handles Bayesian networks,2 which simplifies our experi-mental setting when comparing against SBN and other ap-proaches on Bayesian Networks with uncertain probabili-ties. We determine a parametrisation for aProbLog (Section 3) deriving operators for addition, multiplication, and divi-sion operating on Beta-distributed random variables match-ing the results to a new Beta-distributed random variable using the moment matching method (Minka 2001; Kleiter 1996; Allen et al. 2008; Kaplan and Ivanovska 2018).

We achieve the same results of highly engineered ap-proaches for inferencing in single-connected Bayesian networks—in particular in presence of high uncertainty in the distribution of probabilities which is our main re-search focus—and simultaneously we maintain the flexi-bility offered by aProbLog in handling complex relational domains. Results of our experimental analysis (Section 4) indeed indicate that the proposed approach (1) handles inferences in general aProbLog programs better than us-ing standard subjective logic operators (Jøsang 2016) (Ap-pendix A), and (2) it performs equivalently to state-of-the-art approaches of reasoning with uncertain probabilities (Kaplan and Ivanovska 2018; Zaffalon and Fagiuoli 1998; Smets 1993), despite the fact that they have been highly en-gineered for the specific case of single connected Bayesian Networks while we can handle general aProbLog programs.





For a setJof ground facts, we define the set of literalsLpJq and the set of interpretationsIpJqas follows:

LpJq “J Y t f|f PJu (1)

IpJq “ tS|SĎLpJq ^ @lPJ : lPSØ lRSu (2) An algebraic Prolog (aProbLog) program (Kimmig, Van den Broeck, and De Raedt 2011) consists of:

• acommutative semiringxA,‘,b, e‘, eby3

• a finite set of groundalgebraic factsF“ tf1, . . . , fnu • a finite setBKofbackground knowledge clauses

• alabeling functionδ: LpFq ÑA

Background knowledge clauses are definite clauses, but their bodies may contain negative literals for algebraic facts. Their heads may not unify with any algebraic fact.

For instance, in the following aProbLog program alarm :- burglary.

0.05 :: burglary.

burglary is an algebraic fact with label 0.05, and alarm :- burglary represents a background knowl-edge clause, whose intuitive meaning is: in case of burglary, the alarm should go off.


As pointed out by (Fierens et al. 2015), for such Bayesian net-work models, ProbLog inference is tightly linked to the inference approach of (Sang, Bearne, and Kautz 2005).


That is,addition‘andmultiplicationbare associative and commutative binary operations over the setA,bdistributes over ‘,e‘ PAis the neutral element with respect to,eb P Athat ofb, and for allaPA,e‘baabee.

The idea of splitting a logic program in a set of facts and a set of clauses goes back to Sato’s distribution se-mantics (Sato 1995), where it is used to define a probabil-ity distribution over interpretations of the entire program in terms of a distribution over the facts. This is possible be-cause a truth value assignment to the facts in F uniquely determines the truth values of all other atoms defined in the background knowledge. In the simplest case, as re-alised in ProbLog (De Raedt, Kimmig, and Toivonen 2007; Fierens et al. 2015), this basic distribution considers facts to be independent random variables and thus multiplies their individual probabilities. aProbLog uses the same basic idea, but generalises from the semiring of probabilities to general commutative semirings. While the distribution semantics is defined for countably infinite sets of facts, the set of ground algebraic facts in aProbLog must be finite.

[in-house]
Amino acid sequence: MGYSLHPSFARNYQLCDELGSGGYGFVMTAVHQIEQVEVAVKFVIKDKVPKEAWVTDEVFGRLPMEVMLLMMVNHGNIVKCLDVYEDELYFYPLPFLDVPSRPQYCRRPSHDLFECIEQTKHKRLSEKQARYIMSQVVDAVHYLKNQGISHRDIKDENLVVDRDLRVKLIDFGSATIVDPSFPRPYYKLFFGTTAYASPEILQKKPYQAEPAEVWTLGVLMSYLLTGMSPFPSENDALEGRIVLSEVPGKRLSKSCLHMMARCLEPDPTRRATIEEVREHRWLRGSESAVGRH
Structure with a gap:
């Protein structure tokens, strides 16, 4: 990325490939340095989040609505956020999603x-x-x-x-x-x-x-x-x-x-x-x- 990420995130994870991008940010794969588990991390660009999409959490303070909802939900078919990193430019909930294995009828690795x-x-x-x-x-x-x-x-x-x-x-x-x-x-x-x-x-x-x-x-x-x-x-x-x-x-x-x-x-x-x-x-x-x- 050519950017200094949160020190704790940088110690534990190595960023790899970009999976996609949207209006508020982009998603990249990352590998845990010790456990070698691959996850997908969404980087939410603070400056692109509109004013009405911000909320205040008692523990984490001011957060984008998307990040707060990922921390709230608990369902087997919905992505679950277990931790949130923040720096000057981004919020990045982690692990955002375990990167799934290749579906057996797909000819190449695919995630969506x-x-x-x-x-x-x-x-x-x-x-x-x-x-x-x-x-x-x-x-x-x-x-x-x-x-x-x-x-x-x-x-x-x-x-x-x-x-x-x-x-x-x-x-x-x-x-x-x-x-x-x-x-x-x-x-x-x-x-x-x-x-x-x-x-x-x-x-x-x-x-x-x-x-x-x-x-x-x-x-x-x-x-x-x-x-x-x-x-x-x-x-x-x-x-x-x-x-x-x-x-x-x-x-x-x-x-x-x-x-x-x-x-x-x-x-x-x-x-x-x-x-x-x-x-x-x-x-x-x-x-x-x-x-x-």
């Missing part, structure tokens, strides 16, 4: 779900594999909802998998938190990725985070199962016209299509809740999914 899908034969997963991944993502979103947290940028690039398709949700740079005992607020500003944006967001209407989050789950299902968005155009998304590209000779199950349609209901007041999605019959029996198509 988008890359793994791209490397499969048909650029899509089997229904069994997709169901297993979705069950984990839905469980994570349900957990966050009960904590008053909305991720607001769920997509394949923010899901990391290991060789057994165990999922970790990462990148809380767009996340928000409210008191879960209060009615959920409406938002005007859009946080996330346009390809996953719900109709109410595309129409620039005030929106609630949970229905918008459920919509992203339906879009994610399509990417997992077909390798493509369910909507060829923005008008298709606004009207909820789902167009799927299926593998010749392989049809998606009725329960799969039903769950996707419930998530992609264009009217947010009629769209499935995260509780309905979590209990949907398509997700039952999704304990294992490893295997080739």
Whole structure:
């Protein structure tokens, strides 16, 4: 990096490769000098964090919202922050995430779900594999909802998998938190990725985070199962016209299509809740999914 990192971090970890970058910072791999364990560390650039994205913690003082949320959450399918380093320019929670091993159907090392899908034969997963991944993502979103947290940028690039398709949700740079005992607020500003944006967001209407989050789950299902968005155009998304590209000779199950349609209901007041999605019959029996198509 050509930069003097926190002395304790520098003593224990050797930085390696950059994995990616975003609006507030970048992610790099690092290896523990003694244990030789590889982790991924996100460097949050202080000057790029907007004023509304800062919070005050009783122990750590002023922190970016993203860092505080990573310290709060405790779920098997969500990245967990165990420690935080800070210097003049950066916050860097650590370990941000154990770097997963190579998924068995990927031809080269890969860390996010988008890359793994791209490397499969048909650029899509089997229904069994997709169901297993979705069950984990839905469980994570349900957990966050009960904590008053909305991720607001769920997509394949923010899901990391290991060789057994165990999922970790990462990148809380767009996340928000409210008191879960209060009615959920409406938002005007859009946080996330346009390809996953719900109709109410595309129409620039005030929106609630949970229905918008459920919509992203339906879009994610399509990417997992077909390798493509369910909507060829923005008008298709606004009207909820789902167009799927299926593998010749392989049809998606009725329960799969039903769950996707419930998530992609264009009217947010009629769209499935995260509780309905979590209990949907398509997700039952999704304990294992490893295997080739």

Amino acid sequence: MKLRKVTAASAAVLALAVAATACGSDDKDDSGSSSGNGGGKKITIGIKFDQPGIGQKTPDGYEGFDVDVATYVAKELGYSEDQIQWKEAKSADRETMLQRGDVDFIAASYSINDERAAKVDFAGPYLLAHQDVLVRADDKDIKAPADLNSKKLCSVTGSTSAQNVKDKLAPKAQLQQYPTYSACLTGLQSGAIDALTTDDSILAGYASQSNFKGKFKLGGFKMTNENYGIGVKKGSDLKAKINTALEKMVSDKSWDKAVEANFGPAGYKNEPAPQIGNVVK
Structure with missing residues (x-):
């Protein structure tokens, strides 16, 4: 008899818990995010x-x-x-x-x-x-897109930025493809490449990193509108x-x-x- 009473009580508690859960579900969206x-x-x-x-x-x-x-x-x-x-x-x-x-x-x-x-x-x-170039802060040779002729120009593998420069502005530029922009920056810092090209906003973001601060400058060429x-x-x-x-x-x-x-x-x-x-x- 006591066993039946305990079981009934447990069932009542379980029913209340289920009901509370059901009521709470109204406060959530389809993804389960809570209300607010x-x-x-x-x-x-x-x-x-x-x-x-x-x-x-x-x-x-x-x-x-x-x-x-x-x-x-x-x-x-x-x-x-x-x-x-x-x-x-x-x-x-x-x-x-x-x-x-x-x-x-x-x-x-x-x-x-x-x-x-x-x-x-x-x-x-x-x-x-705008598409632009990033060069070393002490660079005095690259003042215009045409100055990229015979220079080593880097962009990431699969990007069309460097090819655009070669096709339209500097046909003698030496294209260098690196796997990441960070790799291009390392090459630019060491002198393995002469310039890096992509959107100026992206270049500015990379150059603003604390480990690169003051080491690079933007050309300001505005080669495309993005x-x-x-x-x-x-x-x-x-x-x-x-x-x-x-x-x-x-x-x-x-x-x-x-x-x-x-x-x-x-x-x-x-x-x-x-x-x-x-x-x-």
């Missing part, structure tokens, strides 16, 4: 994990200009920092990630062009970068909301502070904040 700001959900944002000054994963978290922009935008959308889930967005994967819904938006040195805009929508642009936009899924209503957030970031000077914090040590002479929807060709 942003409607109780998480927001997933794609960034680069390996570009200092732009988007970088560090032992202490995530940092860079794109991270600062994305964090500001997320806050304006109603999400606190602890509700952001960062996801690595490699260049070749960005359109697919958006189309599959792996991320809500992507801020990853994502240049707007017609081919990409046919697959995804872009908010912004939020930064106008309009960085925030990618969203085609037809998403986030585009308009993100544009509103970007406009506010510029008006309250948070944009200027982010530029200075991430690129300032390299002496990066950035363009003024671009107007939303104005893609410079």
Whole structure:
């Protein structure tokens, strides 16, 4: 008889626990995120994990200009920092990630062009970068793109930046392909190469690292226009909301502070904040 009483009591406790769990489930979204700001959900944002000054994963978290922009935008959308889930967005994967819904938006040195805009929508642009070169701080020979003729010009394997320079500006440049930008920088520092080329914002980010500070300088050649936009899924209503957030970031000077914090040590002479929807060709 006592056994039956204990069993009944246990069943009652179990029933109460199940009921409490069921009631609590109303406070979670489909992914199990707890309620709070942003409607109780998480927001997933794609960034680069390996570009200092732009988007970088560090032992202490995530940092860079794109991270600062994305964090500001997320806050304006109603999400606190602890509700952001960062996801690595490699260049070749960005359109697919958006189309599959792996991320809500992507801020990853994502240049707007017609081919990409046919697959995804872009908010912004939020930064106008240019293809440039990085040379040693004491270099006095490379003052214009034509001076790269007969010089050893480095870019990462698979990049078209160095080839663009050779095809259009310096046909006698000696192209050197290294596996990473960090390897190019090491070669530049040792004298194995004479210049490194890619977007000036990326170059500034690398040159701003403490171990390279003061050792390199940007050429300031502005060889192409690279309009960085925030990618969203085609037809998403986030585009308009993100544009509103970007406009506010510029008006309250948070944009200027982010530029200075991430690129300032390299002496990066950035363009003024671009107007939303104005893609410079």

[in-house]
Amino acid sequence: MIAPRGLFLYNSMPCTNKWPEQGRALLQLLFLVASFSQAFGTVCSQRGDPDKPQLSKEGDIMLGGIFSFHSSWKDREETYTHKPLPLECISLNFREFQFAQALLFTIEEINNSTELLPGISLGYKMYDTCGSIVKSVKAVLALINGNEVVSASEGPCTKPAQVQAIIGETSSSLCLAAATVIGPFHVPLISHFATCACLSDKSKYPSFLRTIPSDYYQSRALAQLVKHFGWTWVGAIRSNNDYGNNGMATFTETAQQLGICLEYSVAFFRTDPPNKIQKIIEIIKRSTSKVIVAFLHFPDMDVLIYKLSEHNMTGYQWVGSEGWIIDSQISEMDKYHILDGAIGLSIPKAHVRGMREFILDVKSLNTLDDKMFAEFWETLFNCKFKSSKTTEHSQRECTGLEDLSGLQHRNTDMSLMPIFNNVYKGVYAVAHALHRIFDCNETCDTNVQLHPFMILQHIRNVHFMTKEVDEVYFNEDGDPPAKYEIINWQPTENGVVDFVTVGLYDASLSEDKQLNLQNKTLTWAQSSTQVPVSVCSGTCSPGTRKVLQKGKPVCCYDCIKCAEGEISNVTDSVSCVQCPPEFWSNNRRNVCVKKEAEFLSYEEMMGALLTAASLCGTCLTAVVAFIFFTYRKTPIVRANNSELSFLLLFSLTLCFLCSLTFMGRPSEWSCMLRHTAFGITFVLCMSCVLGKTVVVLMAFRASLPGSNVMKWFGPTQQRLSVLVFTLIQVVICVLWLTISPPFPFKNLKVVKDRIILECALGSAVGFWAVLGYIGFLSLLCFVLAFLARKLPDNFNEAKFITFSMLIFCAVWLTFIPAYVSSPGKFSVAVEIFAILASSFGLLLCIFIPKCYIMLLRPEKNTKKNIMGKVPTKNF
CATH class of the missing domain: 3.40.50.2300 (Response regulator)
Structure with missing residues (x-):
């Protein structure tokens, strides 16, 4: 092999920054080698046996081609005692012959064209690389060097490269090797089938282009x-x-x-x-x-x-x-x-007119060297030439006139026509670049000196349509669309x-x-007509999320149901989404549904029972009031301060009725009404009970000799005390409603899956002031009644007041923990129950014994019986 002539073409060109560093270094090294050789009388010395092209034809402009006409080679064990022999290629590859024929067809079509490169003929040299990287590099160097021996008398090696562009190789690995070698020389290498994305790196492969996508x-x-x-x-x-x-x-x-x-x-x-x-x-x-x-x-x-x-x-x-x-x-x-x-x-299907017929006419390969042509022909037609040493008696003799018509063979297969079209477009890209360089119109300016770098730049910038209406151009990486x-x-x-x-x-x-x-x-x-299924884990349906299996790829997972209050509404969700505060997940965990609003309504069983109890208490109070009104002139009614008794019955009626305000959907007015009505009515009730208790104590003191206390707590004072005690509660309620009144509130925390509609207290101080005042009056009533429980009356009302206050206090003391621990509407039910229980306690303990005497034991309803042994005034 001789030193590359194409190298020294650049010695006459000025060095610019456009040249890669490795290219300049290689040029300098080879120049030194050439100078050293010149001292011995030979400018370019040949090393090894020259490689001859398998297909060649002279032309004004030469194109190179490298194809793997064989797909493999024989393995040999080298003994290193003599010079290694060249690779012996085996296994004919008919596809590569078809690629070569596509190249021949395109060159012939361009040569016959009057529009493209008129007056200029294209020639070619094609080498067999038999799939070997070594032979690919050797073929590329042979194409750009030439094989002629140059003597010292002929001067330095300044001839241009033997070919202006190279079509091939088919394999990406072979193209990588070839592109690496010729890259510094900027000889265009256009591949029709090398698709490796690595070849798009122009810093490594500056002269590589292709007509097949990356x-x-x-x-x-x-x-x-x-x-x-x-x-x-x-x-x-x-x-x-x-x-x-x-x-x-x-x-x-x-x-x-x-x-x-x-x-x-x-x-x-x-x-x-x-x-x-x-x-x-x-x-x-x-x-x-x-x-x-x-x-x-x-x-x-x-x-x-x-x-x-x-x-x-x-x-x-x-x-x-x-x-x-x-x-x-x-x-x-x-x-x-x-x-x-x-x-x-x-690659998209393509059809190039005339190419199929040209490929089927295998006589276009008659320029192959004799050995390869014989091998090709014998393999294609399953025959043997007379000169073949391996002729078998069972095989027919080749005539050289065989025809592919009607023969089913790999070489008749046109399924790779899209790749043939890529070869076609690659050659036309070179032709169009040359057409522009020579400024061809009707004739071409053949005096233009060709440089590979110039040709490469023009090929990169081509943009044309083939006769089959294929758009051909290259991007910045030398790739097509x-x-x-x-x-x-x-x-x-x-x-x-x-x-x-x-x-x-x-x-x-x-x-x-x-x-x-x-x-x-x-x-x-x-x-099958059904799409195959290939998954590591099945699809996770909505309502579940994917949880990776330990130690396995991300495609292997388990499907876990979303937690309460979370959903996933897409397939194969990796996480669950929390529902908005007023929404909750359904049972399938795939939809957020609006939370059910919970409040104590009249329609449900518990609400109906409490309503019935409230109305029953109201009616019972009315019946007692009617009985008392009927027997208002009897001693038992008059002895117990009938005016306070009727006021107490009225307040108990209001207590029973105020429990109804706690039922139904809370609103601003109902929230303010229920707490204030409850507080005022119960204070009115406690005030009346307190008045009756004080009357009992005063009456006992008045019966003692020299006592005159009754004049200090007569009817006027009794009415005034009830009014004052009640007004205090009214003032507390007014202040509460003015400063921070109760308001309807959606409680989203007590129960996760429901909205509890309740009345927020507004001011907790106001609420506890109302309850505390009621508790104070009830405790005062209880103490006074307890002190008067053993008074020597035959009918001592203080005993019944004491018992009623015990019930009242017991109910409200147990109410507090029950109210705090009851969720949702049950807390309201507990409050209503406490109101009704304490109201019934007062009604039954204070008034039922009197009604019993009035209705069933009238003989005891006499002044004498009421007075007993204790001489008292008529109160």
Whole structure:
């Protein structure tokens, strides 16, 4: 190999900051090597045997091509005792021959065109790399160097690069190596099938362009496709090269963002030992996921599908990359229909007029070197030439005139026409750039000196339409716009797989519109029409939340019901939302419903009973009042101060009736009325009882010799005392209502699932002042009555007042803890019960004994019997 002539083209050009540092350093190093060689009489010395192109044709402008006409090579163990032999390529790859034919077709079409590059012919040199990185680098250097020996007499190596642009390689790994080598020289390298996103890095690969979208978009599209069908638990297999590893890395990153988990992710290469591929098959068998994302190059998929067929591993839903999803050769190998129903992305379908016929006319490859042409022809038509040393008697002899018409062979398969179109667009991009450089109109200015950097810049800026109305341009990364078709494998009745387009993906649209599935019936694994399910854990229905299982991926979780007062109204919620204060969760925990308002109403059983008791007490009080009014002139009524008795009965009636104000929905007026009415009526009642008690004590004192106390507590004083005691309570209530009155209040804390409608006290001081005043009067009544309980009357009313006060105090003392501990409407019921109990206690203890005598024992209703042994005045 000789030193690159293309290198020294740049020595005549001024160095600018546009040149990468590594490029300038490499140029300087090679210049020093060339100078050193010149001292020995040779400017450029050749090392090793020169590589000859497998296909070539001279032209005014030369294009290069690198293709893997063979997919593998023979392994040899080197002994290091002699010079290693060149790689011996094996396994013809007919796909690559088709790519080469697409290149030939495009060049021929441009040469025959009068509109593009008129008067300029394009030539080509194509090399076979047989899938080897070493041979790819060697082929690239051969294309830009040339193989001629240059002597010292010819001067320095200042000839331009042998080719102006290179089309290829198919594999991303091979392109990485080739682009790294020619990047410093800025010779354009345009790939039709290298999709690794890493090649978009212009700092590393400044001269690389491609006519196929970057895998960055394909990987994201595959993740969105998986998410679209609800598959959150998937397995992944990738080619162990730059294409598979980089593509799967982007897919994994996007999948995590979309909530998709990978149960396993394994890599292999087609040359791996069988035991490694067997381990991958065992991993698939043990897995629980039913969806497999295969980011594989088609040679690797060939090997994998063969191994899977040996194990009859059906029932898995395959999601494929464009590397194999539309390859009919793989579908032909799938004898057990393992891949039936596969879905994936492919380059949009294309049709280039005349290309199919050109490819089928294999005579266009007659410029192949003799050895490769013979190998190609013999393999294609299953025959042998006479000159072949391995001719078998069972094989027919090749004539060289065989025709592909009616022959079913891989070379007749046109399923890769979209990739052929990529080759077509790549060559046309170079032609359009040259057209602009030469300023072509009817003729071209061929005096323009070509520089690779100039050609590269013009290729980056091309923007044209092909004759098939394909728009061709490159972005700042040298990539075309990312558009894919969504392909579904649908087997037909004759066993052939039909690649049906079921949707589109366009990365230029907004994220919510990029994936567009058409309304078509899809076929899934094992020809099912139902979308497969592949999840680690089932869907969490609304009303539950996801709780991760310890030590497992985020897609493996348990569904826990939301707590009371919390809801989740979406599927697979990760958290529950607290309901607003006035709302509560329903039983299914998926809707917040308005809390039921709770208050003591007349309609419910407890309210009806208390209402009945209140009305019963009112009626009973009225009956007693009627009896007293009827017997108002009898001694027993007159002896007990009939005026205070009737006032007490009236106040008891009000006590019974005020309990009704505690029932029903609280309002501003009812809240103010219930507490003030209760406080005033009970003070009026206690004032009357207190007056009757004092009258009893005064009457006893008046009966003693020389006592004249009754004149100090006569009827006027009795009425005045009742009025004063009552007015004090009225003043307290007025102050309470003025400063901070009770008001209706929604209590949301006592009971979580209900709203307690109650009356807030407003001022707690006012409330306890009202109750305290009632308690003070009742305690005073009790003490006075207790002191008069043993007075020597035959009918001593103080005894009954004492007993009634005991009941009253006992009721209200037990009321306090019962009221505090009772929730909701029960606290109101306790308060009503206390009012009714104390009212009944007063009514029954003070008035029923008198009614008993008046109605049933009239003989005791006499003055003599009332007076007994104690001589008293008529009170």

In aProbLog, the label of a complete interpretationI P IpFqis defined as the product of the labels of its literals

ApIq “â lPI

δplq (3)

and the label of a set of interpretationsS ĎIpFqas the sum of the interpretation labels

ApSq “à IPS



δplq (4)

Aqueryqis a finite set of algebraic literals and atoms from the Herbrand base,4qĎLpFq YHBpFYBKq. We denote the set of interpretations where the query is true byIpqq,

Ipqq “ tI|IPIpFq ^IYBK|ùqu (5) The label of queryqis defined as the label ofIpqq,

Apqq “ApIpqqq “ à IPIpqq



δplq. (6)

As both operators are commutative and associative, the la-bel is independent of the order of both literals and interpre-tations.

In the context of this paper, we extend aProbLog to queries with evidence by introducing an additional division operatormthat defines the conditional label of a query as follows:

Apq|E“eq “ApIpq ^ E“eqq m ApIpE“eqq (7) whereApIpq ^ E “ eqq m ApIpE “ eqqreturns the label ofq ^ E “egiven the label ofE “e. We refer to a specific choice of semiring, labeling function and division operator as anaProbLog parametrisation.

ProbLog is an instance of aProbLog with the following parameterisation, which we denoteSp:


a ‘ b“a`b;

a b b“a¨b;



δpfq P r0,1s;

δp fq “1´δpfq;

a m b“ab





Beta Distribution and Subjective Logic


When probabilities are uncertain—for instance because of limited observations—such an uncertainty can be captured by a Beta distribution, namely a distribution of possible probabilities. Let us consider only binary variables such as

X that can take on the value of true or false, i.e.,X “xor

X “x¯. The value ofX does change over different instanti-ations, and there is an underlying ground truth value for the probabilitypxthatXis true (px¯ “1´pxthatX is false). Ifpxis drawn from a Beta distribution, it has the following probability density function: